Fender Hot Rod Deluxe III Hums (even with all tubes removed)

Started by Chumly, February 13, 2023, 05:37:55 PM

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Hi All,

It abruptly started this fairly noticeable, consistent hum, with no external cause that I'm aware of, and no inputs connected, and no problems with the 120 VAC.

The hum does not particularly change with channel selection, or volume control, and the amp can get loud, but always has a distorted sound to it (as long as all the tubes are in place of course).  I would most suspect the filter capacitors, but it came on so suddenly with no external cause that I'm aware of, and most of the time filter capacitors become problematic more slowly (not that they can't fail in a very specific and rapid manner).  I suppose it could be power supply diodes, but they're pretty reliable.

I understand it's likely to be the filter capacitors and/or diodes, it's just that the failure mode seems odd to me.

It's not a ground loop problem as there are no connections to the amp except 120 VAC. I have not disconnected the reverb tank, but that does not seem to be a likely cause.

I have not used this amp much at all, nor modified it in any way, and I bought it new. I haven't taken it apart. I have a nice scope so I could view the power diodes full-wave output, and I could view the actions of the filter capacitors, etc. and I am fully aware of all the HVDC concerns and how to address them. It could be a lifted trace or bad solder joint, and that would fit in with the abrupt nature, except it started when it was just sitting there, although the thermal action of the tubes might have exacerbated a continuity problem.

It just seems odd that the hum started so abruptly without noticeable cause, and that the hum remains relatively consistent even if all the tubes are pulled, and/or the volume is adjusted, and/or the channel selector is activated, etc.

I actually have three Fender Hot Rod Deluxe 112's.  One works perfectly, one the 6L6's red-plate (probably a screen resistor but I have not checked yet) and this one with it's hum that started so abruptly.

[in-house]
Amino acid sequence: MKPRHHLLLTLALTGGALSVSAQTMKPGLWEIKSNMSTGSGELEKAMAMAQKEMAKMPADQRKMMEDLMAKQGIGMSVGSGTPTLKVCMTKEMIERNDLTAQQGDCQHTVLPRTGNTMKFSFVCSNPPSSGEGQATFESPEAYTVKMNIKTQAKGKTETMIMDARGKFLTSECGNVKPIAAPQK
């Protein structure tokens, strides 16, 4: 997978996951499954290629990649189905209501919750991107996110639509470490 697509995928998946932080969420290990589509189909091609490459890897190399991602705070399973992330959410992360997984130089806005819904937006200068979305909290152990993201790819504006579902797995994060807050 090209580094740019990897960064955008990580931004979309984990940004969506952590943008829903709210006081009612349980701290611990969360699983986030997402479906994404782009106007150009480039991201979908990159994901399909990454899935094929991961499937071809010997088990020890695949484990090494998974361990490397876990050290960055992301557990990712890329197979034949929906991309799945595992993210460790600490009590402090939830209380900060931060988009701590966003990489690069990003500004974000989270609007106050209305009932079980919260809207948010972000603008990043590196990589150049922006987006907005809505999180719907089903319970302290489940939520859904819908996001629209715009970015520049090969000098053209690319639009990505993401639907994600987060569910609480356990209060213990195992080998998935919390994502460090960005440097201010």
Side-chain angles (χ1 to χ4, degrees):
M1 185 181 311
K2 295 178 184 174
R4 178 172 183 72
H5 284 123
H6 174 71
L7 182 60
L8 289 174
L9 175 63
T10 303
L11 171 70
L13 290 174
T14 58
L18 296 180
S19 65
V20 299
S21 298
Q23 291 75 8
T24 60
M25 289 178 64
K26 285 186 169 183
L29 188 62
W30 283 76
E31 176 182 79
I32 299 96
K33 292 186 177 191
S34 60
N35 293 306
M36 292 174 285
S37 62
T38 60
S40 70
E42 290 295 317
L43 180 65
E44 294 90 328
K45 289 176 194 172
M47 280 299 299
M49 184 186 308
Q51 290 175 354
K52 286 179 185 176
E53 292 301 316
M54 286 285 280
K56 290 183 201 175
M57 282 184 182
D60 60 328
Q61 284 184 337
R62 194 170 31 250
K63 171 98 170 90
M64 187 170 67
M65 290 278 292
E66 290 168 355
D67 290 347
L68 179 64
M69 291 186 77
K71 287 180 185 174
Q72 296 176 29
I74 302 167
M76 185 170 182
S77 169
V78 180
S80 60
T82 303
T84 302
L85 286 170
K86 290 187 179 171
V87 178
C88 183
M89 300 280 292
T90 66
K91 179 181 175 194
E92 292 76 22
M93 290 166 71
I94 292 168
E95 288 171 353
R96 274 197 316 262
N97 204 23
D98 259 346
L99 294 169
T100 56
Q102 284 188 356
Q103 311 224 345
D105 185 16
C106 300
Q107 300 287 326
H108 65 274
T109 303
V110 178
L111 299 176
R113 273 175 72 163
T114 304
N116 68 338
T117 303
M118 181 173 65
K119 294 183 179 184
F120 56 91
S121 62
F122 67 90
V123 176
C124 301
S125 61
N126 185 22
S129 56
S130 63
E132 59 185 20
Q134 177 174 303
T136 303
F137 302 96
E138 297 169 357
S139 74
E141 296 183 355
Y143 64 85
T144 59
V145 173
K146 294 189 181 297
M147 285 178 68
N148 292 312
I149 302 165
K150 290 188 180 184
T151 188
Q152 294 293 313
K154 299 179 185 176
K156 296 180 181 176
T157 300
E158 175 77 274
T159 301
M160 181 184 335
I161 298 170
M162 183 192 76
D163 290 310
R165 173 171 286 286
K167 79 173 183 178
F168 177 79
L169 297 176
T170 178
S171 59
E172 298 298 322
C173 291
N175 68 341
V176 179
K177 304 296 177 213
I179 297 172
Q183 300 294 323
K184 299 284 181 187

I like this YouTube quite a bit 
I think it's much more interesting to live not knowing than to have answers which might be wrong. - Richard P. Feynman


Common issue is open ground reference due to cold solder joint on internal PCBS

take pics, remove tubes with ability to re insert all in exact same order

After tube removal, reflow all PCB solder connections- check reverb pan cable connections and all pot to PCB and Jack to PCB and tube socket to PCB and ribbon cable to PCB  connections

The FX Loop return jack is a switching type which may fail (common fault) - lifts the ground reference, creates hum

Remember if amp is built after 2005, it's a WEE/RoHS lead free solder - requires a modern soldering iron and 450 degrees Fahrenheit temperature



Power transformer internal short ?
Doesn't blow fuses yet?

Or maybe it doesn't know the words.ha ha, tried not to use that one, but couldn't help myself.

I hope you find the source of the humm, and find a fix.
Always remember that you are absolutely unique. Just like everyone else.


If your Hot Rod has those cheap capacitors, like mine had, they should be replaced with better caps after 10 years or maybe some 15 years. 2 years ago, my HRD got new caps and the hum was away.


I think it's much more interesting to live not knowing than to have answers which might be wrong. - Richard P. Feynman